An article in Forbes this week noted that in all five states that had cannabis legalization measures on their ballots on Tuesday – Arizona, Mississippi, Montana, New Jersey, and South Dakota – the measures were passed overwhelmingly.  But as the article noted, “[Cannabis] businesses are still hampered by the banking ban caused by the federal illegality. These punitive restrictions have forced many cannabis businesses to operate as cash-only enterprises, even if they subsist in a legal market.”

The U.S. House of Representatives last month approved the Secure and Fair Enforcement (SAFE) Banking Act for the third time, which would establish protections for banks that open accounts for cannabis businesses. But the measure has not advanced in the Senate.

This seems like an example of unintended consequences when state and local governments pass laws (or voters approve initiatives) to decriminalize cannabis, but the federal government goes its own way. In the meantime, local police agencies are literally getting caught in the crossfire in Oakland and other cities.

There is a larger issue here. A PERF report released earlier this year noted that violence associated with the distribution of marijuana and other illegal drugs is a major concern in some cities. Former New York City Police Commissioner James O’Neill said the NYPD tracks the circumstances of all homicides in the city, and that about 25 percent of homicides are connected to drug distribution, with many of those cases involving marijuana.

So while marijuana possession may be a victimless crime, marijuana businesses – both legal enterprises and illegal markets – involve a lot of money that is attractive to criminals. Prosecutors’ roles are important in this area.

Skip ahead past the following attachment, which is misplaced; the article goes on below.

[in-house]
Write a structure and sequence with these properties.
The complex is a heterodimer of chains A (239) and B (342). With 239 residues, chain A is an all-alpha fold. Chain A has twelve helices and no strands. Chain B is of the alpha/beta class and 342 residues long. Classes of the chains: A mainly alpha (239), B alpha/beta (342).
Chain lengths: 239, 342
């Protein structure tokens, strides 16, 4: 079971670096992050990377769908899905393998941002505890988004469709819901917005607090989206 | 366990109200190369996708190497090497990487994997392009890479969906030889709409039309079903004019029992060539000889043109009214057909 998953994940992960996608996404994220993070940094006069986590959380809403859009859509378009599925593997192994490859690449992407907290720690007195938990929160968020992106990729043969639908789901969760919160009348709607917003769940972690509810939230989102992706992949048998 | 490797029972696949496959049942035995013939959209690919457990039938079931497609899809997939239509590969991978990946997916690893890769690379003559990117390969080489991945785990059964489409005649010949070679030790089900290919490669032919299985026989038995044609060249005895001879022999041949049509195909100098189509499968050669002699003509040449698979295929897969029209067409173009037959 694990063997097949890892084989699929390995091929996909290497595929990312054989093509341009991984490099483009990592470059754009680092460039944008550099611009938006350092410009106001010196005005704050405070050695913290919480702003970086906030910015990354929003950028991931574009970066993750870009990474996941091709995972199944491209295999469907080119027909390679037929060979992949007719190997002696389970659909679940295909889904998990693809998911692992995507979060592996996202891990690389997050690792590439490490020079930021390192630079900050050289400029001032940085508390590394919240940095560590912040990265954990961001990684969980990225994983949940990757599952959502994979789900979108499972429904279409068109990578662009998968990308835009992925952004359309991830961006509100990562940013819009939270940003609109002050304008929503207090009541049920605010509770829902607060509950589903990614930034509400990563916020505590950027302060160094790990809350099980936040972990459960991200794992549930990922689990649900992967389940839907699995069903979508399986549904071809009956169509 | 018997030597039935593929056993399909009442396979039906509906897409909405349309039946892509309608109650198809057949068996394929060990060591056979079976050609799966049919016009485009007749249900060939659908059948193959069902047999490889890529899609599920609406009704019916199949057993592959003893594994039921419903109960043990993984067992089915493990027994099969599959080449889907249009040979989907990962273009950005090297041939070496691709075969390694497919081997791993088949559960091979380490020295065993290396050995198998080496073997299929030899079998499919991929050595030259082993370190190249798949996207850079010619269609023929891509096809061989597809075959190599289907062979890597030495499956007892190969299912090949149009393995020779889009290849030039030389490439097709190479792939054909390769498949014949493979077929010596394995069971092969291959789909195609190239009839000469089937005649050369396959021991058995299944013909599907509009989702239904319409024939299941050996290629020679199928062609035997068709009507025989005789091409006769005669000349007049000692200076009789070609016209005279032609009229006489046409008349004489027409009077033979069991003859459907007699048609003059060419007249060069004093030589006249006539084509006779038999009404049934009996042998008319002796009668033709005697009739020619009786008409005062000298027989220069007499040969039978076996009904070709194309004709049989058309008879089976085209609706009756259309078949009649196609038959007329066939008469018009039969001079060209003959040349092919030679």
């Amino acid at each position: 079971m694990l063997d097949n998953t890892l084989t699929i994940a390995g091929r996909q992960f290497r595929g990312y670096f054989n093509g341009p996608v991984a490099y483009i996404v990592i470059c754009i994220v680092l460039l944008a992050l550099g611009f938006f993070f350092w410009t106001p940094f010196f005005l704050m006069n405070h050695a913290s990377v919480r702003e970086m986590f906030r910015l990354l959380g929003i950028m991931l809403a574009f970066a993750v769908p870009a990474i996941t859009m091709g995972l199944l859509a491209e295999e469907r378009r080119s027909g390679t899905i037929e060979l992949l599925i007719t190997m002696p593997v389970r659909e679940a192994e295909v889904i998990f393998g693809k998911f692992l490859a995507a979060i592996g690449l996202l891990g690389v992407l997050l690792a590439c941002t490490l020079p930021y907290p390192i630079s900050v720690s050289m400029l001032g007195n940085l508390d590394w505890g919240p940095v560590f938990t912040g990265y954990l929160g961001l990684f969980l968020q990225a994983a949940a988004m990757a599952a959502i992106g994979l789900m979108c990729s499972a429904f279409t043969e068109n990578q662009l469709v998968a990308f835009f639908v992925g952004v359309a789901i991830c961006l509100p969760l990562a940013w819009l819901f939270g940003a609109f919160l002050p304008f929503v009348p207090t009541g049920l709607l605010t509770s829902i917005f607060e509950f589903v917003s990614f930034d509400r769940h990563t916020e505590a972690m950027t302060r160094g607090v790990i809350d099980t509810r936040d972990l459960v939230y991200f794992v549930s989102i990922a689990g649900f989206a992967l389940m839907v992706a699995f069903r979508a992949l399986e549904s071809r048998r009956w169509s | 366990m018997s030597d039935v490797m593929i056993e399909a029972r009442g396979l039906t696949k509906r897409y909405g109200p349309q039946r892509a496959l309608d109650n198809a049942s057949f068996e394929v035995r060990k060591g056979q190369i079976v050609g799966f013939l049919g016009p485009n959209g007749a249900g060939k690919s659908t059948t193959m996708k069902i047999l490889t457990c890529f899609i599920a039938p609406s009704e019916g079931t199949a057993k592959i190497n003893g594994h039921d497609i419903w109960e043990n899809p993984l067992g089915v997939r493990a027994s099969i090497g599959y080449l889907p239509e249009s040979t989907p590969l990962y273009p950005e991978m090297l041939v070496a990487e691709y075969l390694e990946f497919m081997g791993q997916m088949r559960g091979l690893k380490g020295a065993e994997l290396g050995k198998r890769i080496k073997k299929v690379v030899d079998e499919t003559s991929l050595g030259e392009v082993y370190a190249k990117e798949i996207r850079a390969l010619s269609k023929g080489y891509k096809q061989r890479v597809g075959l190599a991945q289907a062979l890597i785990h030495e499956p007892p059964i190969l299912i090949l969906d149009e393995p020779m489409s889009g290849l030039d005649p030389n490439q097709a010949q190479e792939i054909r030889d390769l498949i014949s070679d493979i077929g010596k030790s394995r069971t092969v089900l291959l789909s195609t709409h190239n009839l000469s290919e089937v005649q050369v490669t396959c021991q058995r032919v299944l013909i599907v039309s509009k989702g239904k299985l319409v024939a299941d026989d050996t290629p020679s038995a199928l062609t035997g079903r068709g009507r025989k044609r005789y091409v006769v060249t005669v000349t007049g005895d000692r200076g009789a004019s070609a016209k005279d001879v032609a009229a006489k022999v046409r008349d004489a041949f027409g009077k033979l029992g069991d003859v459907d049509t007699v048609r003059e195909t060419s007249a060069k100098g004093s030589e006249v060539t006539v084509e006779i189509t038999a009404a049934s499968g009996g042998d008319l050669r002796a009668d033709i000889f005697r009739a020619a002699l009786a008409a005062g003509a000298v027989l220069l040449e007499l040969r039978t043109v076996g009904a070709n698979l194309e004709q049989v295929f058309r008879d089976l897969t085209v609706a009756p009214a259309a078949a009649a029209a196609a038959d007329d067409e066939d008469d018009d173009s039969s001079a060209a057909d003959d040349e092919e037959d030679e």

I don’t have a solution to this new problem of marauding gangs of robbers, but I would welcome comments, and I’ll forward your suggestions to Chief Manheimer.

A word about Election Day

One more thing I have to say:  In the days leading up to the election, we all saw all kinds of warnings about possible disruptions that might occur. This has been one of the most contentious elections of our lifetimes, and many people were afraid of confrontations between individuals or groups at polling places.  The COVID pandemic also resulted in big changes in how the election was carried out.

Complicating the situation, police need to have a light touch on Election Day.  It isn’t always easy to strike the right balance between being unobtrusive while also being ready to respond immediately to any need for a police presence.

Thankfully, we saw very few new stories about any kind of disruption.  Police and sheriffs’ departments deserve so much credit for helping to make that happen.

In the post-election period, we’re seeing some demonstrations in New York City, Philadelphia, Detroit, Denver, Minneapolis, Phoenix, Portland, and other cities, so it’s not over ‘til it’s over.  Police will continue to have a critically important role in maintaining the peace.

I was talking to Mike Harrison, Police Commissioner in Baltimore and PERF President, and he wanted to make sure that PERF members understand how much we appreciate what you have done to support everyone’s right to vote, maintain the peace and order at polling locations, and prevent conflicts and disruptions.

On behalf of Commissioner Harrison, the PERF Board, and myself, thank you for the work you do.

I hope you can get some rest this weekend.